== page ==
In 1992, the Johnston Planning Board approved the plan for Ashley Estates, a 26-home subdivision off of Shun Pike.
Nearly a decade later, homeowners are still waiting for their neighborhood to be completed.
The town this week filed a lawsuit for breach of contract against Quality Homes, Inc., the company responsible for Ashley Estates, alleging that the work done on the subdivision is “negligent” and has created unsafe conditions.
“We have to do something for the homeowners,” said Town Solicitor Billy Conley. “Litigation is the last resort, but ultimately the people who live there need adequate public improvements.”
Mayor Joseph Polisena is hopeful that now that the suit has been filed, answers for residents are not far off.
“I want things to happen yesterday, but in the legal world it doesn’t,” he said. “We’ve hit a dead end. We want to make sure the neighborhood is protected.”
The Planning Board approved the initial plans in January of 1992, and gave final approval for the second phase of the project in November of 2000. That approval, however, was contingent upon the delivery of a performance bond by Quality Homes.
A performance bond is a surety bond issued by an insurance company that guarantees completion of a project by a contractor.
It’s that performance bond that the town has an issue with.
“For reasons that are unfathomable, the performance bond was set at $30,000” Conley said. “The bond, at $30,000, didn’t even pass a straight face test.”
The bond was meant to cover road construction, paving and drainage improvements. Today, Conley believes those infrastructure projects would cost closer to $500,000.
“Somebody might argue, at that time, maybe it was closer to $350,000, but that would be cutting it close,” he said.
The solicitor believes that the $30,000 performance bond should never have been approved, and beyond that, Quality Homes should not have issued certificates of occupancy to homebuyers until the subdivision was complete as outlined in the plans.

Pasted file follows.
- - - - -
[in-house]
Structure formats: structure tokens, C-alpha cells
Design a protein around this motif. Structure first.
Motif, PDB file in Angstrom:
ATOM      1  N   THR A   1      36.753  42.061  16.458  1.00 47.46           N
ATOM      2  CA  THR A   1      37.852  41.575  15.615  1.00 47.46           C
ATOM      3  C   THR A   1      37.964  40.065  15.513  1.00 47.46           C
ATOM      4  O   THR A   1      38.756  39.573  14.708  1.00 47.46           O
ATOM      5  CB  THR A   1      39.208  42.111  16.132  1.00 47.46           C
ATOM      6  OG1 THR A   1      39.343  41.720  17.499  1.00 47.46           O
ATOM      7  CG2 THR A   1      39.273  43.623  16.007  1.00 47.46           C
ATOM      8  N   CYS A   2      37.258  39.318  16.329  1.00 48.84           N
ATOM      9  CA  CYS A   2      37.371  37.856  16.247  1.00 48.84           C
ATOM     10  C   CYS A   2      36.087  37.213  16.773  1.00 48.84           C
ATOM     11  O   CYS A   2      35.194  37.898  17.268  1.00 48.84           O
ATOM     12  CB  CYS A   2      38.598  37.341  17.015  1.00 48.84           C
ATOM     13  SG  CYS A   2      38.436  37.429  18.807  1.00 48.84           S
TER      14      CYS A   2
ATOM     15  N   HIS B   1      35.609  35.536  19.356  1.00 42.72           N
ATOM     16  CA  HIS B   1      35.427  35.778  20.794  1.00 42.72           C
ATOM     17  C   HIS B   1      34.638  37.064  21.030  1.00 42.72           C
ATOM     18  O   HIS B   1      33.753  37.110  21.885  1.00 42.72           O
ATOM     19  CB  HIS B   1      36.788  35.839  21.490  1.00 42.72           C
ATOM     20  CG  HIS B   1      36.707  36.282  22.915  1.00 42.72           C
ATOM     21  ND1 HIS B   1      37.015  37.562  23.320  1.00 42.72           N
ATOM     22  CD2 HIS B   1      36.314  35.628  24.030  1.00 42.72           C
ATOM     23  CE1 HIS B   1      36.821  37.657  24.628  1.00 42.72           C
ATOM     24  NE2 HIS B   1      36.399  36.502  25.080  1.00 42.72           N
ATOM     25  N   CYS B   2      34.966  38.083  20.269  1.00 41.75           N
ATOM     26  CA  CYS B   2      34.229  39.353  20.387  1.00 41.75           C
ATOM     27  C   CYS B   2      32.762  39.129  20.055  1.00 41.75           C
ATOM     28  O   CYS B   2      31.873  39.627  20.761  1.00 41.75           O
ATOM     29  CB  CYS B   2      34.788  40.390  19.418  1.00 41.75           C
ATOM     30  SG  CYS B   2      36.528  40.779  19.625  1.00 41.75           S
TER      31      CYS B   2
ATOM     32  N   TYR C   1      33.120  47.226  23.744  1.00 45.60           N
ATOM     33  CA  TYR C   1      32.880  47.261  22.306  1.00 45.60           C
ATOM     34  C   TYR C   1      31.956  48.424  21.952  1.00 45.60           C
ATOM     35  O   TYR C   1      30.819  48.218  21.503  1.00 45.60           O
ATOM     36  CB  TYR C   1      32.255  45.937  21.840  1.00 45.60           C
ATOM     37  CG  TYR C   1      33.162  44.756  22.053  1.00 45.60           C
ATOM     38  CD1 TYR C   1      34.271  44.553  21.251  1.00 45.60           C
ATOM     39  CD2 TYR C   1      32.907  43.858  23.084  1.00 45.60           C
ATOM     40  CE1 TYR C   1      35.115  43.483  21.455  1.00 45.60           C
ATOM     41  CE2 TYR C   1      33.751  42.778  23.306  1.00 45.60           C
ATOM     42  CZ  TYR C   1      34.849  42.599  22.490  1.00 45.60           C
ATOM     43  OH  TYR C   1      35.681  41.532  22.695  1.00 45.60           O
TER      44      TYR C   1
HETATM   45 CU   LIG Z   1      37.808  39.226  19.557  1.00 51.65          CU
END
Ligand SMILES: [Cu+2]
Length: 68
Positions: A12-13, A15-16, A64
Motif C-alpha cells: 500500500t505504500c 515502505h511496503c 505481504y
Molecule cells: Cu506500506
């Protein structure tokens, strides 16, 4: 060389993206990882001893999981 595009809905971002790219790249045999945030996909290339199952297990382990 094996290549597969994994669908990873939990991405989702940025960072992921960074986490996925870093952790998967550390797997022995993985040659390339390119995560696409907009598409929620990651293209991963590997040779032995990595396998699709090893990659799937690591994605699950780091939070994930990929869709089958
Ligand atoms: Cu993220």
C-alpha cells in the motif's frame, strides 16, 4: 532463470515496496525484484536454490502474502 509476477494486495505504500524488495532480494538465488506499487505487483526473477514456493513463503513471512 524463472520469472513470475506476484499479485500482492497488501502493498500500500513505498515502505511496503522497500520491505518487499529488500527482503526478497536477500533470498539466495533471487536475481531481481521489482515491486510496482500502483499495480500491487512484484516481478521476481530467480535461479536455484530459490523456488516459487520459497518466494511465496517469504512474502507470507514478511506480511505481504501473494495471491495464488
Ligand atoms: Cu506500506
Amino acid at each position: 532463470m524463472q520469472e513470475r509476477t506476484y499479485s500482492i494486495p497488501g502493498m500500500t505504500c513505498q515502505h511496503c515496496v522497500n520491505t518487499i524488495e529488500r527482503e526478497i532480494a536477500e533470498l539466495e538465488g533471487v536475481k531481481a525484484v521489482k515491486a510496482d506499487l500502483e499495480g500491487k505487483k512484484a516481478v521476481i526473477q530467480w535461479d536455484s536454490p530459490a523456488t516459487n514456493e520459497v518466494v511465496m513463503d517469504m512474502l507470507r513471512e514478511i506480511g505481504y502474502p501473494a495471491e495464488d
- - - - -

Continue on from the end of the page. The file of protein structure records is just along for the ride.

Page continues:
Drive through Ashley Estates today, and you’ll find roads that are crumbling, water pooling at the bottom of driveways and overgrown landscape on property not occupied by a homeowner.
“What essentially happened is the developer threw down a primary coat on the roads without ever finishing it. That’s now crumbled. It’s of no value at all,” Conley said. “The drainage improvements and the engineering required were never done.”
The administration became aware of the problems in Ashley Estates – which includes Ashley Court, Nicole Lane and part of Shun Pike – just over a year after Polisena took office. Since then, they have attempted to work out an agreement with Quality Homes.
They corresponded with the company more than half a dozen times between 2009 and today, but no resolution was reached.
“We would reach an agreement, but as we tried to put the agreement in place, there would be a problem,” Conley explained.
Now, the town of Johnston is calling for monetary damages, costs and attorney’s fees, and name both Quality Homes and its owners in the lawsuit.
“Our intent is to not only go after the company, but we have concerns that the company ever had the assets to complete this project,” Conley said, explaining that the owners could be liable for the costs.
Based on engineering estimates, the town believes it will take $300,000 to complete work on the subdivision.
Going forward, Conley says the town has cracked down on development standards and requirements, which he believes will prevent these types of problems in the future.